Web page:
Friday, March 07, 2008

Mobilize Dodd

Latin America is hotting up, owing mostly to the exertions of Hugo Chavez, the Marxist oil baron of Venezuela.

Columbia, under the American supported pro-democratic regime of Alvaro Uribe, has been fighting a battle against a drug smuggling, Marxist, Venezuelan and Ecuadorian protected, well equipped army of narco-terrorists for about forty years.

Last month, the Columbian army, its patience wearing thin, followed one particularly vicious thug, Raul Reyes, FARC's foreign minister, into Equador and bombed the stuffing out of his band of merry men, leaving Reyes at room temperature.

This did not please Chavez and his Charlie McCarthy puppet, Rafael Correa, the duly elected president of Ecuador.

The solution to all this nonsense is obvious: Mobilize U.S. Sen. Chris Dodd to remove the tax exemption granted by his comrades in the congress to Chavez. If taxes on energy production are good enough for Americans, they ought to be good enough for Reyes' patron. At the very least, the constitutional loving Dodd ought to be able to convince fellow Democrats in the U.S. House to support Colombian President Alvaro Uribe, a fellow democrat whose feelings towards Dodd’s country is less hostile than that of Castro wannabe Chavez.

4 comments:

Kate said...

While the solution may be obvious, it is far from simple. Believe me, I am all for removing Chavez's tax exemption status -- I was beyond furious when I read that he had it, thanks to the illustrious Democraps we have here in DC -- but that will put a mere dent in Chavez's (and the FARC's) funding. Despite his mismanagement of PdVSA funds, he will still be raking in tons of money given the sheer amount of crude in the Orinoco delta; the sky-high oil prices definitely don't hurt. Also, do not discount the amount of money coming from private citizens in Europe (particularly Denmark) to fund the FARC. However, despite all this, the FARC as less well equipped than many might like to think. Plus, do not forget that, despite Venezuela's superior air power, any military force is only as good as its soldiers. Venezuela hasn't been at war since 1823, and my sources down there tell me that war games have all but stopped. Their army is not only out of condition, but sharply divided, most notably with the appearance of Gen. Baduel (r).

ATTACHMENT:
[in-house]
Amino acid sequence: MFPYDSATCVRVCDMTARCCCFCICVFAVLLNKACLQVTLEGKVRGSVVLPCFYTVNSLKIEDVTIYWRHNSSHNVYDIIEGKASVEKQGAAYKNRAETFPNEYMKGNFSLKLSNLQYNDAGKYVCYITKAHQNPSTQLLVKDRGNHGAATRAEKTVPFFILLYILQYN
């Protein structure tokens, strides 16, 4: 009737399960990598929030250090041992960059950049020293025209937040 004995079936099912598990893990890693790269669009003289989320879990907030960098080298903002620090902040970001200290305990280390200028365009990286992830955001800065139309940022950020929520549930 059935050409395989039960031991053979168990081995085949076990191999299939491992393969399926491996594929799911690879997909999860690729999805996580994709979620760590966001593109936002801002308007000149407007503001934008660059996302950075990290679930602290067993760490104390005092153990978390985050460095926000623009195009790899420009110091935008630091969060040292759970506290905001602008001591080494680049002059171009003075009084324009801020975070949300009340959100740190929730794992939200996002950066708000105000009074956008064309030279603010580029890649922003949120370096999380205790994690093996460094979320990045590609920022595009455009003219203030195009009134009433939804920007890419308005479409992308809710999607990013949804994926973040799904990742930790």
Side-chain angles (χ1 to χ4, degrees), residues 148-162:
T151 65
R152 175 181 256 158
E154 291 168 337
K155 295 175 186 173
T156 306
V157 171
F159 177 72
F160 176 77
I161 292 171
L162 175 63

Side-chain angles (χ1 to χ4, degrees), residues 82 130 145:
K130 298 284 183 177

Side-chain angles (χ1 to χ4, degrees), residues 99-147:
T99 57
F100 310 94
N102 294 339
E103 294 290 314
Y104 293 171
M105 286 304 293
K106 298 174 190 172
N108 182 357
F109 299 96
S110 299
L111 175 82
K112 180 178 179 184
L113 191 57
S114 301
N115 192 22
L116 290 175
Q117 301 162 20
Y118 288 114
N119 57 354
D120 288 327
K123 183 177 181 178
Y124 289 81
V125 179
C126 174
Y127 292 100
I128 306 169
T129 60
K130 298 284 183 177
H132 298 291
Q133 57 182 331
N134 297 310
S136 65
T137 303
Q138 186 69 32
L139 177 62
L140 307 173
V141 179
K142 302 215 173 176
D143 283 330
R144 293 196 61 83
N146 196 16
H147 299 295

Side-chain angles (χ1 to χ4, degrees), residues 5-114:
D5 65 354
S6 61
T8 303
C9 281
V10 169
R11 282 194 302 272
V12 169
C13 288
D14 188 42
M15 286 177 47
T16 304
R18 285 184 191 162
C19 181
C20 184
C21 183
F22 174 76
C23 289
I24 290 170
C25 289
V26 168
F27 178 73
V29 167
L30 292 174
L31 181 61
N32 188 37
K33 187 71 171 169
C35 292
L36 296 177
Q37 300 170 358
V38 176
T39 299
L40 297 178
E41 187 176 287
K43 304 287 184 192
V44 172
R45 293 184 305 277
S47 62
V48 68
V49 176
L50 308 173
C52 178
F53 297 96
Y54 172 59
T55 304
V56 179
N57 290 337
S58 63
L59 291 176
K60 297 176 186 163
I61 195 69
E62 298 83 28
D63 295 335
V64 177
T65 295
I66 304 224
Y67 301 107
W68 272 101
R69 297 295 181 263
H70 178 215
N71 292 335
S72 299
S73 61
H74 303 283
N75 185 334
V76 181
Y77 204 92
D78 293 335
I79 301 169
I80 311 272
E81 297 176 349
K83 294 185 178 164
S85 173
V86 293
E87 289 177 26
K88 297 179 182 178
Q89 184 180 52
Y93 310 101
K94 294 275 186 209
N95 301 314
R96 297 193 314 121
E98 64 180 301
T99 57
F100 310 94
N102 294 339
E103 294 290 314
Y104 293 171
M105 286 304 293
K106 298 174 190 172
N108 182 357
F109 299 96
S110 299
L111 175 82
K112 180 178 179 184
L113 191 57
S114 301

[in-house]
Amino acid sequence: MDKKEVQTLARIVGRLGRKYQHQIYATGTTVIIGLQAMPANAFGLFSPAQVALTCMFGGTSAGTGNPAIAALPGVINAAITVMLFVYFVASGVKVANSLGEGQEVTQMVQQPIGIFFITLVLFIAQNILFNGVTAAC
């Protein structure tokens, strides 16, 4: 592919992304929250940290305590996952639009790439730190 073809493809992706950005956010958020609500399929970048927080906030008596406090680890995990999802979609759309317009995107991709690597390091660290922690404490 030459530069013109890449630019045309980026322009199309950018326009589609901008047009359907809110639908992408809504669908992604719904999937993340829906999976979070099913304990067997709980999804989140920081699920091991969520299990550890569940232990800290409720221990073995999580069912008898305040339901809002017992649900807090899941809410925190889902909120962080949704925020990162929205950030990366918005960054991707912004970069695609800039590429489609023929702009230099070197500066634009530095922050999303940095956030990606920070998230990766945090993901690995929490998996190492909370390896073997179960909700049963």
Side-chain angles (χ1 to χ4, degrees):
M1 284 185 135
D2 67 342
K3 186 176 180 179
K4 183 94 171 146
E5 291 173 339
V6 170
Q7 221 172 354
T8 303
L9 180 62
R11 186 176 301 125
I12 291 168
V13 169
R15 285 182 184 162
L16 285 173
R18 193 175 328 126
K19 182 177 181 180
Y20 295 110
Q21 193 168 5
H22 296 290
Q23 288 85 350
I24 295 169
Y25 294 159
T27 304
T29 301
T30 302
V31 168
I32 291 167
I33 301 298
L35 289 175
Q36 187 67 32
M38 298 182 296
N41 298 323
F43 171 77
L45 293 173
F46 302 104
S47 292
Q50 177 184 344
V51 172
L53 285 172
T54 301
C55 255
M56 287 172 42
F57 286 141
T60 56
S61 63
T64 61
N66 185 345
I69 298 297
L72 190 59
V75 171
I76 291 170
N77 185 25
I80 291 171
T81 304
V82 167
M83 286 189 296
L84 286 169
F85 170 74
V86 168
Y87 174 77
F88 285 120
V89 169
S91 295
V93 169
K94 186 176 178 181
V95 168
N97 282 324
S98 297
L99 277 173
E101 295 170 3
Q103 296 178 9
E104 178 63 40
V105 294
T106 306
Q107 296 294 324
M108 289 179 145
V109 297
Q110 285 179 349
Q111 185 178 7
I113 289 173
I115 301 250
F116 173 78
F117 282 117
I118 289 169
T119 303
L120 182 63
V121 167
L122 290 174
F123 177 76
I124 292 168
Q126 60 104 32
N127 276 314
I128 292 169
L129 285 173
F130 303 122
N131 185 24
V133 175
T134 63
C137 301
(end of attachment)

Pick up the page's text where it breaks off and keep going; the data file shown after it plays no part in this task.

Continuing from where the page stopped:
I am slightly confused as to your closing comment. Do you mean that the US should mobilize militarily against Chavez? Or, are you making reference to the pending Colombian FTA?

Thank you for writing about this, I feel like often it gets lost in the mix!

Greetings from DC.

Don Pesci said...

Kate,

Thanks for the perceptive comments. I appreciate what you had to say about Ortega on your own blog.

The comment on mobilizing Dodd was somewhat tongue in cheek. He has a reputation in my state as something of an expert on Latin America; his brother was an ambassador. There is a little ambassador in Chris Dodd too, begging to be allowed out to play. You may recall he paid a visit to the Ortega brothers during the war Daniel was waging against the native Indians, democracy and the western world. He was partially responsible for torpedoing Bolton at the UN and generally appears to be on the wrong side of things, Latin American-wise. He has never hesitated to leap on a soap box when it suits his fancy, and I thought here to poke him in the ribs a little.